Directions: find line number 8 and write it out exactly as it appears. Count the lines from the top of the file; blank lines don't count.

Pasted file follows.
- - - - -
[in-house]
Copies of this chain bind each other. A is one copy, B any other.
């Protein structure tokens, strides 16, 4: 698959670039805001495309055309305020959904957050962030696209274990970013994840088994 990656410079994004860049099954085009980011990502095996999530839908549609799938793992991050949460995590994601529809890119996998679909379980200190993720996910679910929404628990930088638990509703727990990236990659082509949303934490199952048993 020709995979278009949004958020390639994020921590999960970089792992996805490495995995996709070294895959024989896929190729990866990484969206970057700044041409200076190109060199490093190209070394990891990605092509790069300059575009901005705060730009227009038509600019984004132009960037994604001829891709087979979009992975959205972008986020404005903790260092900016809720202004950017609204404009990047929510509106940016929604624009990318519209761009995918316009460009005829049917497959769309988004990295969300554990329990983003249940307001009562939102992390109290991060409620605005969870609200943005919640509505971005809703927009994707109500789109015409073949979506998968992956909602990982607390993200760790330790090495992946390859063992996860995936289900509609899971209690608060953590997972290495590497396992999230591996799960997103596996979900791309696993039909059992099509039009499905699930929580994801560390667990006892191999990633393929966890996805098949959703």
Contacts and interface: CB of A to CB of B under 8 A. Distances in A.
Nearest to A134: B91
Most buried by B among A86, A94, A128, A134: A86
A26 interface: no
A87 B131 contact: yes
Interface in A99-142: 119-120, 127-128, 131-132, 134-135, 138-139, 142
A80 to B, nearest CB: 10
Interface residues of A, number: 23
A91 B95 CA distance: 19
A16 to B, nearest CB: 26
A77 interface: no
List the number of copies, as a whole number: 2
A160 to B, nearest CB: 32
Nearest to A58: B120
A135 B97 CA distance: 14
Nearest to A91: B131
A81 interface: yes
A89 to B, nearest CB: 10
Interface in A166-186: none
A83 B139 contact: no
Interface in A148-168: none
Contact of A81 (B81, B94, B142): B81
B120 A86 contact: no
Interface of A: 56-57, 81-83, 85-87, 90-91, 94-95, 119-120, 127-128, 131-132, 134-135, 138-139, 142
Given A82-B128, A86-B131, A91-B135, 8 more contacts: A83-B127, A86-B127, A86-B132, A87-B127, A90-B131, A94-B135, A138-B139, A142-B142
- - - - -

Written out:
A87 B131 contact: yes